A Longer Look at Annual SP 500 Earnings Numbers, Paying Attention to 2017

Occasionally it helps to take a step back and look at the annual SP 500 earnings data:

2017: $134.26 – (est) 14% SP 500 earnings growth expected next year

2016: $117.94 – est. Another year of 0% – 1% growth expected this year. Full-year 2016 EPS will be known by mid-March ’17

2015: $117.46 – actual – -1% growth in 2015

2014: $118.78 – actual – +8% growth in 2014

2013: $109.68 – actual – +6% growth in 2013

2012: $103.80 – actual – +6% growth in 2012

2011: $97.82 – actual – +15% growth in 2011

A couple thoughts:

  • Post-2008 bank charges, both litigation and Justice penalties severely hampered the Financial sector’s earnings growth, which impacted the SP 500 overall.
  • Investors haven’t seen a year of double-digit earnings growth since 2011, and that was Energy-driven.
  • Investors are looking at two years of flat SP 500 earnings growth in 2015 and 2016, thanks primarily to collapse of Energy sector’s earnings.
  • During this last 5 – 6 year period, HealthCare and Consumer Discretionary have both put up decent growth, as has Technology.

What’s up with 2017 ? 

It is the 2017 estimate that began to get my attention earlier this year, when I wasn’t seeing the typical downward revision pressure that usually happens throughout a calendar year.

To keep this short and sweet, here is the progression on the full-year 2017 SP 500 EPS estimate:

9/2/16: $134.26

8/5/16: $134.51

7/1/16: $135.28

6/3/16: $135.67

5/6/16: $135.42

4/1/16: $136.44

3/4/216: $137.12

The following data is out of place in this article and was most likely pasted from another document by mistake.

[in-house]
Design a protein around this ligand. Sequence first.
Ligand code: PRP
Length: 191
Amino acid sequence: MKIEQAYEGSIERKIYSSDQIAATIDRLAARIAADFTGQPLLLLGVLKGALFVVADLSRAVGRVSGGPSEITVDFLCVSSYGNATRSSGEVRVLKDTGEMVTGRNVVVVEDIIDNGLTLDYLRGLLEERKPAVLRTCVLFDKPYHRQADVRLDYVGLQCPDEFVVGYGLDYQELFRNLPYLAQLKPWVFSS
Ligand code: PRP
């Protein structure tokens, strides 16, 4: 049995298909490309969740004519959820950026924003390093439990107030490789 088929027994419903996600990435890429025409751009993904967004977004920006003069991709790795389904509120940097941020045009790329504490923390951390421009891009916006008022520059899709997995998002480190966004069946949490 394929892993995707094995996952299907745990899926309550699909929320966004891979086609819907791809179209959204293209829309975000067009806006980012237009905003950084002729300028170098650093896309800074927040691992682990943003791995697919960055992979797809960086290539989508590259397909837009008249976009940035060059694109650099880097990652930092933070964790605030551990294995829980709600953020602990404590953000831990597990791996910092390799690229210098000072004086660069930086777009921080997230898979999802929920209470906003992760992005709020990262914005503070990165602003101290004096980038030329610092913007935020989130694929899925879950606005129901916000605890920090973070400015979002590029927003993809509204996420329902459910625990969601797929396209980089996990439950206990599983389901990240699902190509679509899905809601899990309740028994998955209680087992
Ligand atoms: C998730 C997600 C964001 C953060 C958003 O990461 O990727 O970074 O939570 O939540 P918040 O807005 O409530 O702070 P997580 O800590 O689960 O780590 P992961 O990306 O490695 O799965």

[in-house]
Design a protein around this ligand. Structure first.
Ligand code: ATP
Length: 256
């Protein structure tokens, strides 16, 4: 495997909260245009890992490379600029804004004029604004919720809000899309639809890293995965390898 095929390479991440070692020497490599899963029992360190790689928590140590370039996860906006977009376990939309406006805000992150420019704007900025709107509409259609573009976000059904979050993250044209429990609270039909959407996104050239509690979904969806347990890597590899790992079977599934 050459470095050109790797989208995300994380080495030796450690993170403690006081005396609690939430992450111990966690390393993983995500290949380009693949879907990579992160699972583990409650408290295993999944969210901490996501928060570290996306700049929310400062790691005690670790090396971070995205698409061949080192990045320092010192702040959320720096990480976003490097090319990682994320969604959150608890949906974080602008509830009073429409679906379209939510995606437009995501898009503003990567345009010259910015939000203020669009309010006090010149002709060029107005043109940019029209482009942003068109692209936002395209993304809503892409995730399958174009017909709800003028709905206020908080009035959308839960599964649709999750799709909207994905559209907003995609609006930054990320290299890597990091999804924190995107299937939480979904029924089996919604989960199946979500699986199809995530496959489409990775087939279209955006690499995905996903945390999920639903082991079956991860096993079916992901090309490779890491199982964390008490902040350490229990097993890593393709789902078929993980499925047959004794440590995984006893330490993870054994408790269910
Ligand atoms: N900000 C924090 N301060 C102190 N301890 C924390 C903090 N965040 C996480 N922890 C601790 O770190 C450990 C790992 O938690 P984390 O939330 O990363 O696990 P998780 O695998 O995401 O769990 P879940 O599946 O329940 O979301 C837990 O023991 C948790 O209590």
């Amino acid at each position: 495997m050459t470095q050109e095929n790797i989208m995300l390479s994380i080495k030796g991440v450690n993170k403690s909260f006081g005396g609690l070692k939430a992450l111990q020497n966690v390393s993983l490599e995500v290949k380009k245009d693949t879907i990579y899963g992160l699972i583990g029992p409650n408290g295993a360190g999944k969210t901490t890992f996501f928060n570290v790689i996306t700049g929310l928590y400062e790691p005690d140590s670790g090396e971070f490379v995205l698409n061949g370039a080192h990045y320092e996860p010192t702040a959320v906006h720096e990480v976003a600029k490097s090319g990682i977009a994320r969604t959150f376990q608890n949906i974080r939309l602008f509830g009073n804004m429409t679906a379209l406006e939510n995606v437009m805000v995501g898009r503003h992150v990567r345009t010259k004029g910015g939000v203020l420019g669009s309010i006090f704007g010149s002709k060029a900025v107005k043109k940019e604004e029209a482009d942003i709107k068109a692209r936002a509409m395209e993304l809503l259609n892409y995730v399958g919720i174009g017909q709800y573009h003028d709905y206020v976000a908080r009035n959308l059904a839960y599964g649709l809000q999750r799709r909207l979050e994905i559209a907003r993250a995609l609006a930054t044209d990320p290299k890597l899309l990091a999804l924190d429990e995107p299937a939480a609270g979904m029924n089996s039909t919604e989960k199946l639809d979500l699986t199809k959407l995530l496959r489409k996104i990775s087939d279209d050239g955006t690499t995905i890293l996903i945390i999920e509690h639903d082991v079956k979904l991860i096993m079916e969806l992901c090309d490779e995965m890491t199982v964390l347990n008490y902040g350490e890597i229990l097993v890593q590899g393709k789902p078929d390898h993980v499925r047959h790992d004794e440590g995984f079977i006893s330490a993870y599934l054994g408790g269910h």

2/5/16: $138.79

1/1/16: $142.82

The key takeaway from this is that, since late March, early April ’16, the 2017 SP 500 EPS estimate has eroded very little, which should be giving readers more confidence that the SP 500 in 2017 will see double-digit earnings growth next year.

With Q3 ’16 earnings results some companies will start to give 2017 guidance. However the great majority of 2017 guidance will come in January – February ’17, with Q4 ’16 earnings. However most analysts will know by January 1 ’17 within a reasonable degree of confidence, how their coverage, sectors and companies will perform next year.

The annual EPS estimate’s are just one metric. The real “tell” for me here after looking at this data for 15 years is that the rate of deterioration for next year is very small relative to “typical” or standard rates of deterioration.

I still think much depends on Energy’s revenue and earnings growth for 2017. It is almost inconceivable to think Energy will do worse in 2017 than the first half of 2016.

 

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